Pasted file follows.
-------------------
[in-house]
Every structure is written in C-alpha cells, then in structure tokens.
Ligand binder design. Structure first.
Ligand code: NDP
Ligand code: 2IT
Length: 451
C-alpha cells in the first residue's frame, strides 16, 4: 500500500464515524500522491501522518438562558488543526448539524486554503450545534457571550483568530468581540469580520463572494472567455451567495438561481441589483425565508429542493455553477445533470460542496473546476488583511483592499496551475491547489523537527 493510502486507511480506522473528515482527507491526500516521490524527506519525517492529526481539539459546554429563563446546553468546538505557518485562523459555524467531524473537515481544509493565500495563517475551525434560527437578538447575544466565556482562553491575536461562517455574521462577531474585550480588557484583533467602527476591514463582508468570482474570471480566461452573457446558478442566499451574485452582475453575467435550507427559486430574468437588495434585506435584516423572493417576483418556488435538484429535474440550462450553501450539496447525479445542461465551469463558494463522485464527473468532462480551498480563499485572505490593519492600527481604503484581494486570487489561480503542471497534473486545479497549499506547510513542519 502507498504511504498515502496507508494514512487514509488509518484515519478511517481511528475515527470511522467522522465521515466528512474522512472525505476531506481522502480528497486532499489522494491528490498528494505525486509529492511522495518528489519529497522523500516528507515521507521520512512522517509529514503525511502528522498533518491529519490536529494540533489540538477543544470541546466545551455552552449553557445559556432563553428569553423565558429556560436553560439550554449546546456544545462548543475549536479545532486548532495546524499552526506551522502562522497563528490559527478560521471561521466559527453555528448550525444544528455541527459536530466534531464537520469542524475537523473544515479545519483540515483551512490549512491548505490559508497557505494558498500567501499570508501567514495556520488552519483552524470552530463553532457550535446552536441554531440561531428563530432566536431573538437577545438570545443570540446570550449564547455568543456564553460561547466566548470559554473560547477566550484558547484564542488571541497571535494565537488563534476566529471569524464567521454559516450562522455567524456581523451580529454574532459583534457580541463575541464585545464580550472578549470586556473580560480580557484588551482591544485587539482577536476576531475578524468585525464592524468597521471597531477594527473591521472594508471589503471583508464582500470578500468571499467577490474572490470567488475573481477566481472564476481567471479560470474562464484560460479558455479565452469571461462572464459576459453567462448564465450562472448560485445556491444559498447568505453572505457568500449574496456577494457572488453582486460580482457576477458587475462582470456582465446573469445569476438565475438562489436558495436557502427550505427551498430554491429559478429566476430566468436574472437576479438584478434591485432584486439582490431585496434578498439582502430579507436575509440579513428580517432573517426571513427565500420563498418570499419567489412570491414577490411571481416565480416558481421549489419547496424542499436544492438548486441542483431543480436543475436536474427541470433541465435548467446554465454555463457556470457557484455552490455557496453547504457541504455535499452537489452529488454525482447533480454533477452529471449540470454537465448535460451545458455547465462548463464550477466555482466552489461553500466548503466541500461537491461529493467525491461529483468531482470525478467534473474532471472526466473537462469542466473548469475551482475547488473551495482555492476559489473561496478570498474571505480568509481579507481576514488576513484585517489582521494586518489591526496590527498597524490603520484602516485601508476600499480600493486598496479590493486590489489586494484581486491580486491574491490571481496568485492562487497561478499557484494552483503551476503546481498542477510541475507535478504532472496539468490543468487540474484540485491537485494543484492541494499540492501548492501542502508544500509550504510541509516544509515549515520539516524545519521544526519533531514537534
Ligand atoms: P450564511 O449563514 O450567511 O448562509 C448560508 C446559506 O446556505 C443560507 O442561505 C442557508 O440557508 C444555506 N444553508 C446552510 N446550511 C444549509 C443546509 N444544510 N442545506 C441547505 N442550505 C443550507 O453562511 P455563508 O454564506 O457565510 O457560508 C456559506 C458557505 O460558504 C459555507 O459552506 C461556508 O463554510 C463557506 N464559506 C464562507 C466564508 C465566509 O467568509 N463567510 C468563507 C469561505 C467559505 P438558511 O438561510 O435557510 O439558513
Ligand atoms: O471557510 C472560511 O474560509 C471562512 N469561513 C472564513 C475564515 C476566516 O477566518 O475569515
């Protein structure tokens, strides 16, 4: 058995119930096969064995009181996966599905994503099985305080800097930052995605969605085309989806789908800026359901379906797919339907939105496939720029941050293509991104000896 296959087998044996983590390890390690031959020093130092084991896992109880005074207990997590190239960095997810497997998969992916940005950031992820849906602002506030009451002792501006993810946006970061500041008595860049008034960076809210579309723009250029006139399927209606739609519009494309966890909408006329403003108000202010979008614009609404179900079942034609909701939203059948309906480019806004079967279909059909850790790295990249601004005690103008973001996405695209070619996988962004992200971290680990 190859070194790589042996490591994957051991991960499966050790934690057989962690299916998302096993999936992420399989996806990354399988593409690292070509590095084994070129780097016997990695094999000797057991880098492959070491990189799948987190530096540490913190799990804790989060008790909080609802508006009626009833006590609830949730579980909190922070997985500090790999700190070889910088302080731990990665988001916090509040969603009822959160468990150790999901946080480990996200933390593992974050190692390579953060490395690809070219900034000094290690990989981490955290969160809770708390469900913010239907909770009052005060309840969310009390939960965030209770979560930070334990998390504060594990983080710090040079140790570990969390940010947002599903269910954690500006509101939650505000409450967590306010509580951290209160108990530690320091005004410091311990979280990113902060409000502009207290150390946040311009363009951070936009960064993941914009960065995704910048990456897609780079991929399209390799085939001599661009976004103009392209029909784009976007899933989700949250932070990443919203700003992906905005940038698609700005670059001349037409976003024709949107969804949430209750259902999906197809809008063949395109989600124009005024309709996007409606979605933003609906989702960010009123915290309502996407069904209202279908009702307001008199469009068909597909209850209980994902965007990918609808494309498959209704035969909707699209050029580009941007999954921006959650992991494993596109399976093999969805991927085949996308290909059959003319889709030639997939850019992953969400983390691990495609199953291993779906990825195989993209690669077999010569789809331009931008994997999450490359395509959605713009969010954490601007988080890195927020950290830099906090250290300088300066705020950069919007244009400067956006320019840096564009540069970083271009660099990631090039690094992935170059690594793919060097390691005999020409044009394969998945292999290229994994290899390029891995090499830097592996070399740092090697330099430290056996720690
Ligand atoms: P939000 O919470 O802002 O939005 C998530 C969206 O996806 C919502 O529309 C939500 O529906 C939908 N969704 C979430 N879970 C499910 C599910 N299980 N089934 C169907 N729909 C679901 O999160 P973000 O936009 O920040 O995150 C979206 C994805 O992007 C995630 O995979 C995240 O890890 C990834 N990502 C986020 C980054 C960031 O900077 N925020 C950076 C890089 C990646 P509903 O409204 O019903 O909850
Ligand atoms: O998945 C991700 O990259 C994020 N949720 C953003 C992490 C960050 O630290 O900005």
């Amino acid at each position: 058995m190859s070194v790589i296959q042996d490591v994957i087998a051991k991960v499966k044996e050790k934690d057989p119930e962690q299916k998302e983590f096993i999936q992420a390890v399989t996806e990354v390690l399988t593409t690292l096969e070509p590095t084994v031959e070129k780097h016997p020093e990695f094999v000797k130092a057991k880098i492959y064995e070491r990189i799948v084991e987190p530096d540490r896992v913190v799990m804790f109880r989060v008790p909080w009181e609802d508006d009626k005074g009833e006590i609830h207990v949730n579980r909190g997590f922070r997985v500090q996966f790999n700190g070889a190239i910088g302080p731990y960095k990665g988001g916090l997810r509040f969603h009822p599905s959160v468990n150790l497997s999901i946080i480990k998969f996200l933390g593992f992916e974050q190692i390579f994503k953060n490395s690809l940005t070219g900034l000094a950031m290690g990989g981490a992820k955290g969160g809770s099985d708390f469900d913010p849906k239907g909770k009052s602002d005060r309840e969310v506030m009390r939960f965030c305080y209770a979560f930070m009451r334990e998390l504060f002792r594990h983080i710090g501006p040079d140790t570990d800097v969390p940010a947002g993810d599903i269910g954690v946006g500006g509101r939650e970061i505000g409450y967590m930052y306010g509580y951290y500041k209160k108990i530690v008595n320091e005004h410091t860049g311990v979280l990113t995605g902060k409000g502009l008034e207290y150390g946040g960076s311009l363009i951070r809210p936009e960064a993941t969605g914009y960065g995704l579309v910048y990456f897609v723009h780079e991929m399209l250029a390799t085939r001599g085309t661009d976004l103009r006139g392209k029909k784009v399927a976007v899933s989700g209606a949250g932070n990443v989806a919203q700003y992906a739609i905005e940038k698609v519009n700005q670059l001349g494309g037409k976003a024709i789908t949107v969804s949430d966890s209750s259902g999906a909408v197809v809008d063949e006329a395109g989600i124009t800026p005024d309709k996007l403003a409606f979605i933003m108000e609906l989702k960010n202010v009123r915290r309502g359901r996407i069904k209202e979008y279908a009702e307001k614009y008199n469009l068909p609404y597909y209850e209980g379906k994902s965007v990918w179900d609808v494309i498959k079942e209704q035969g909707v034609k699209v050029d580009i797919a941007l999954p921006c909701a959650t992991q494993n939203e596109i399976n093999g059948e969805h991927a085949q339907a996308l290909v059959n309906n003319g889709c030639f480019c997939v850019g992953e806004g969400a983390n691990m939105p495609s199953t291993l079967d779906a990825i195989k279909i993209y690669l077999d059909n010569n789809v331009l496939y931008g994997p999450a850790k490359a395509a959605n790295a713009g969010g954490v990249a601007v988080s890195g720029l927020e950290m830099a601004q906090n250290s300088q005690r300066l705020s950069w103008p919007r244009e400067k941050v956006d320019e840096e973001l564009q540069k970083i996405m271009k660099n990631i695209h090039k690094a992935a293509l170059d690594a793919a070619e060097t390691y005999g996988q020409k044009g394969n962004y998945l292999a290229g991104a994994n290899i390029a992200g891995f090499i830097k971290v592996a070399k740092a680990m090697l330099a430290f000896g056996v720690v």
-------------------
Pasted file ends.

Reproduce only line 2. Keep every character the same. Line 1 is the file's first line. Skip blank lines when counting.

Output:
Every structure is written in C-alpha cells, then in structure tokens.